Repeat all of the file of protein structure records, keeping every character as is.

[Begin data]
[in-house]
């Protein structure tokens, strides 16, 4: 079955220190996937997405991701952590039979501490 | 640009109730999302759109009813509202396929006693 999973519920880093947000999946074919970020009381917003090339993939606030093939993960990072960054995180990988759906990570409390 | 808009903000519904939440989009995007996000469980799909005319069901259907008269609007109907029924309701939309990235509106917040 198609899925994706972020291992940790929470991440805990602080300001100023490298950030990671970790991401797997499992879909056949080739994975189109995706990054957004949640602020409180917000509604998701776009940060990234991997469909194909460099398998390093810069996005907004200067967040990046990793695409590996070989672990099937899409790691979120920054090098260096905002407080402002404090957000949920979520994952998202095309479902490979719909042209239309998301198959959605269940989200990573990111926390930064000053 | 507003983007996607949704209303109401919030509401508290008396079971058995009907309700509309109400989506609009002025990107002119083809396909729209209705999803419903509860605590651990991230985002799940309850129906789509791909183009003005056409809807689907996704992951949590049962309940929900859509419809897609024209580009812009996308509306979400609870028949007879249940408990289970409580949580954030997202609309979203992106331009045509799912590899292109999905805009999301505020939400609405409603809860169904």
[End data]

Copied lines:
[in-house]
């Protein structure tokens, strides 16, 4: 079955220190996937997405991701952590039979501490 | 640009109730999302759109009813509202396929006693 999973519920880093947000999946074919970020009381917003090339993939606030093939993960990072960054995180990988759906990570409390 | 808009903000519904939440989009995007996000469980799909005319069901259907008269609007109907029924309701939309990235509106917040 198609899925994706972020291992940790929470991440805990602080300001100023490298950030990671970790991401797997499992879909056949080739994975189109995706990054957004949640602020409180917000509604998701776009940060990234991997469909194909460099398998390093810069996005907004200067967040990046990793695409590996070989672990099937899409790691979120920054090098260096905002407080402002404090957000949920979520994952998202095309479902490979719909042209239309998301198959959605269940989200990573990111926390930064000053 | 507003983007996607949704209303109401919030509401508290008396079971058995009907309700509309109400989506609009002025990107002119083809396909729209209705999803419903509860605590651990991230985002799940309850129906789509791909183009003005056409809807689907996704992951949590049962309940929900859509419809897609024209580009812009996308509306979400609870028949007879249940408990289970409580949580954030997202609309979203992106331009045509799912590899292109999905805009999301505020939400609405409603809860169904």